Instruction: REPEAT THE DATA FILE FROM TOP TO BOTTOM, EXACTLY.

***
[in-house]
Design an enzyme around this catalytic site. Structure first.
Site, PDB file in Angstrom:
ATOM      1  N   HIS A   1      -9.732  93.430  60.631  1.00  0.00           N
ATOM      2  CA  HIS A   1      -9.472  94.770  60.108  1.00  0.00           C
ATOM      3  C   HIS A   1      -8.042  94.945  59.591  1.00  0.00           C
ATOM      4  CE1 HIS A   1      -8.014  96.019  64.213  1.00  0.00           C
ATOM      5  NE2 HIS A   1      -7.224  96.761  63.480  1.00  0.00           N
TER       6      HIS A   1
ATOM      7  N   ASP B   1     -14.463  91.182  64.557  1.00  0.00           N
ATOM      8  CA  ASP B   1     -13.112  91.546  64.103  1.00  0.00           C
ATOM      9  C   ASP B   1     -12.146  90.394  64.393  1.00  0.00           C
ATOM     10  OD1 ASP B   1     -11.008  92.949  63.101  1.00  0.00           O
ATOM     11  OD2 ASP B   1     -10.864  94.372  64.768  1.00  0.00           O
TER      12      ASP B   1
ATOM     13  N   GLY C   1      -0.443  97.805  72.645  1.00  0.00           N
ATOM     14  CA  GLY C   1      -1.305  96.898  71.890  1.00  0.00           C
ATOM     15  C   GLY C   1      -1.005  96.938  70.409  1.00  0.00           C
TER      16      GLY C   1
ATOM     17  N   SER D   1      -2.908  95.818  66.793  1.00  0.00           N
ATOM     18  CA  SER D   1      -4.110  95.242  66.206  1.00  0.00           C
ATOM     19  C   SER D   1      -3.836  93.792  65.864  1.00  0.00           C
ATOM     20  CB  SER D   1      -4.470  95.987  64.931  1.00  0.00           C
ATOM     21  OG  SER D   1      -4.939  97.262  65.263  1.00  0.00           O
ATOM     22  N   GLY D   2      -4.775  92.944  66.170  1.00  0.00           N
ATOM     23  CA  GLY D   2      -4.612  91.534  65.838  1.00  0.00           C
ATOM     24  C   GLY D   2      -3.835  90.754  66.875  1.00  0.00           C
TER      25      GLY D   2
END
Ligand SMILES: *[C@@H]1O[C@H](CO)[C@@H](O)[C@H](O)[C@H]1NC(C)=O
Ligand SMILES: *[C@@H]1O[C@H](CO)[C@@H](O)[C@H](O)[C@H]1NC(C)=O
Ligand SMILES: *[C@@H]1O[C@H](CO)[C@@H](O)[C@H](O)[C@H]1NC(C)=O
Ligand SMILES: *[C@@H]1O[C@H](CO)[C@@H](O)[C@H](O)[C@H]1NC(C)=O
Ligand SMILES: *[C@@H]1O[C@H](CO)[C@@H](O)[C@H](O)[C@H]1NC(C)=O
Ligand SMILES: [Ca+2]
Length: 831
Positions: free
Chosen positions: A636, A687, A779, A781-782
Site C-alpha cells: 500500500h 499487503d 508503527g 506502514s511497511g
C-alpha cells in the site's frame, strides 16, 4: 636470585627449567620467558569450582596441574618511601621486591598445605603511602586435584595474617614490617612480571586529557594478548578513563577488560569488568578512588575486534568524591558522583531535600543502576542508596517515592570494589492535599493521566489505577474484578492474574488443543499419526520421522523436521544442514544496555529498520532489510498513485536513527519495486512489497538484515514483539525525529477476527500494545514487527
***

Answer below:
[in-house]
Design an enzyme around this catalytic site. Structure first.
Site, PDB file in Angstrom:
ATOM      1  N   HIS A   1      -9.732  93.430  60.631  1.00  0.00           N
ATOM      2  CA  HIS A   1      -9.472  94.770  60.108  1.00  0.00           C
ATOM      3  C   HIS A   1      -8.042  94.945  59.591  1.00  0.00           C
ATOM      4  CE1 HIS A   1      -8.014  96.019  64.213  1.00  0.00           C
ATOM      5  NE2 HIS A   1      -7.224  96.761  63.480  1.00  0.00           N
TER       6      HIS A   1
ATOM      7  N   ASP B   1     -14.463  91.182  64.557  1.00  0.00           N
ATOM      8  CA  ASP B   1     -13.112  91.546  64.103  1.00  0.00           C
ATOM      9  C   ASP B   1     -12.146  90.394  64.393  1.00  0.00           C
ATOM     10  OD1 ASP B   1     -11.008  92.949  63.101  1.00  0.00           O
ATOM     11  OD2 ASP B   1     -10.864  94.372  64.768  1.00  0.00           O
TER      12      ASP B   1
ATOM     13  N   GLY C   1      -0.443  97.805  72.645  1.00  0.00           N
ATOM     14  CA  GLY C   1      -1.305  96.898  71.890  1.00  0.00           C
ATOM     15  C   GLY C   1      -1.005  96.938  70.409  1.00  0.00           C
TER      16      GLY C   1
ATOM     17  N   SER D   1      -2.908  95.818  66.793  1.00  0.00           N
ATOM     18  CA  SER D   1      -4.110  95.242  66.206  1.00  0.00           C
ATOM     19  C   SER D   1      -3.836  93.792  65.864  1.00  0.00           C
ATOM     20  CB  SER D   1      -4.470  95.987  64.931  1.00  0.00           C
ATOM     21  OG  SER D   1      -4.939  97.262  65.263  1.00  0.00           O
ATOM     22  N   GLY D   2      -4.775  92.944  66.170  1.00  0.00           N
ATOM     23  CA  GLY D   2      -4.612  91.534  65.838  1.00  0.00           C
ATOM     24  C   GLY D   2      -3.835  90.754  66.875  1.00  0.00           C
TER      25      GLY D   2
END
Ligand SMILES: *[C@@H]1O[C@H](CO)[C@@H](O)[C@H](O)[C@H]1NC(C)=O
Ligand SMILES: *[C@@H]1O[C@H](CO)[C@@H](O)[C@H](O)[C@H]1NC(C)=O
Ligand SMILES: *[C@@H]1O[C@H](CO)[C@@H](O)[C@H](O)[C@H]1NC(C)=O
Ligand SMILES: *[C@@H]1O[C@H](CO)[C@@H](O)[C@H](O)[C@H]1NC(C)=O
Ligand SMILES: *[C@@H]1O[C@H](CO)[C@@H](O)[C@H](O)[C@H]1NC(C)=O
Ligand SMILES: [Ca+2]
Length: 831
Positions: free
Chosen positions: A636, A687, A779, A781-782
Site C-alpha cells: 500500500h 499487503d 508503527g 506502514s511497511g
C-alpha cells in the site's frame, strides 16, 4: 636470585627449567620467558569450582596441574618511601621486591598445605603511602586435584595474617614490617612480571586529557594478548578513563577488560569488568578512588575486534568524591558522583531535600543502576542508596517515592570494589492535599493521566489505577474484578492474574488443543499419526520421522523436521544442514544496555529498520532489510498513485536513527519495486512489497538484515514483539525525529477476527500494545514487527